The securities litigation blogosphere is lighting up (SLW; D&O Diary; 10b-5 Daily) with responses and interpretations of the Wall Street Journal's recent piece, "The Milberg Effect."
That editorial suggests that the projected slow down in securities class action filings in 2006 is related to the current legal woes surrounding famed class action powerhouse Milberg Weiss Bershad & Schulman LLP.
The author of this humble blog has his own opinions on the decline in federal securities class actions.
First, the number of federal securities class actions has potentially slowed because a substantial portion of the plaintiffs bar is busy filing other types of securities cases, including state and federal derivative actions.
A review of law firm websites, such as Gardy & Notis, LLP and Schiffrin & Barroway LLP bears out the numbers suggested by The D&O Diary's options backdating litigation tally - but the overwhelming majority of those cases have been filed as derivative actions.
Other firms, such as Lerach Coughlin Stoia Geller Rudman & Robbins LLP have been described as filing dozens of options backdating suits, but a review of the Lerach Coughlin website does not shed much light on the cases that the firm has filed.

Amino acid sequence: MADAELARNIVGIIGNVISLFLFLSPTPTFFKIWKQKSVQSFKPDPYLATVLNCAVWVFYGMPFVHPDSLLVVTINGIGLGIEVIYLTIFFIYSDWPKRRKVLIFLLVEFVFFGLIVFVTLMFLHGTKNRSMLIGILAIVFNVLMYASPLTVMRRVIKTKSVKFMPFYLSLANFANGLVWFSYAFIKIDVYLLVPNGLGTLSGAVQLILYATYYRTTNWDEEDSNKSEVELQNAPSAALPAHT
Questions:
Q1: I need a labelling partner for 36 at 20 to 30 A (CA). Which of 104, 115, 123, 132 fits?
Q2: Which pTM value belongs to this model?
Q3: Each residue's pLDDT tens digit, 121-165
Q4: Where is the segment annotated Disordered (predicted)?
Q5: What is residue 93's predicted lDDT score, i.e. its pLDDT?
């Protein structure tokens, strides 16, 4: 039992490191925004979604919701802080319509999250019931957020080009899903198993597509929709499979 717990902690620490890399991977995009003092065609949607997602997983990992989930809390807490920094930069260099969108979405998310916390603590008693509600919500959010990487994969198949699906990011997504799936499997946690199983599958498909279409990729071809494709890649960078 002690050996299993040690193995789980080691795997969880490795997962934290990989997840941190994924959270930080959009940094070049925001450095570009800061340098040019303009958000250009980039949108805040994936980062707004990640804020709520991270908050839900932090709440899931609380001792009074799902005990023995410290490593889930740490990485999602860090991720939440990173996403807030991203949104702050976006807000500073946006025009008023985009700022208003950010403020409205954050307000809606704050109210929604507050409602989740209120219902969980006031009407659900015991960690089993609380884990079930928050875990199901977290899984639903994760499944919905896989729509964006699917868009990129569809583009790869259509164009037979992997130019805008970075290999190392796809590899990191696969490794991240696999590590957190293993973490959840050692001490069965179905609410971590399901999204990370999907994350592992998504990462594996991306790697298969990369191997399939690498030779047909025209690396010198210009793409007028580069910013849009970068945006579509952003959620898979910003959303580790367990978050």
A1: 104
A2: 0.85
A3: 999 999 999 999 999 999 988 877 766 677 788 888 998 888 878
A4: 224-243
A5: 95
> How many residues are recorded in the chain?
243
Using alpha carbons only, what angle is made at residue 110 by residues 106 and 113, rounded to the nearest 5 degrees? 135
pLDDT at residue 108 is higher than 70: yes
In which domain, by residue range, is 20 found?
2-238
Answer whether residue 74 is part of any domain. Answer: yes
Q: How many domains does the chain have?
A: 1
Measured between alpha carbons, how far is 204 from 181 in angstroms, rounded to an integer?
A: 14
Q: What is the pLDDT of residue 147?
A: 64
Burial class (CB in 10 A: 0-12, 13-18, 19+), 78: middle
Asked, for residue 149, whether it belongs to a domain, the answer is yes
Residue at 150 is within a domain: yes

Second, as regular readers of this blog have discerned (see prior posts here, here, and here for example) there have been a substantial number of state breach of fiduciary duty claims filed in recent months, many relating to proposed mergers or other corporate transactions.
Both of these "reasons" for the drop-off in federal securities class action filings might safely be lumped together under the "printing press" theory.
As suggested by MoFo's Jordan Eth in this National Law Journal article from last year, the "speed of Bill Lerach's printing press" may be a limiting factor in the number of securities lawsuits filed each year.
If the collective "printing press" of the plaintiff's bar is largely filled with derivative options backdating cases and state law breach of fiduciary duty cases, then the total number of federal cases will likely decline.
Of course, as noted by The D&O Diary here, the plaintiff's securities bar is expanding with firms that had historical backgrounds in asbestos and tobacco litigation, such as Motley Rice LLC and Kahn Gauthier Swick, LLC, joining the fray, so the output capacity of the presses may still be increasing.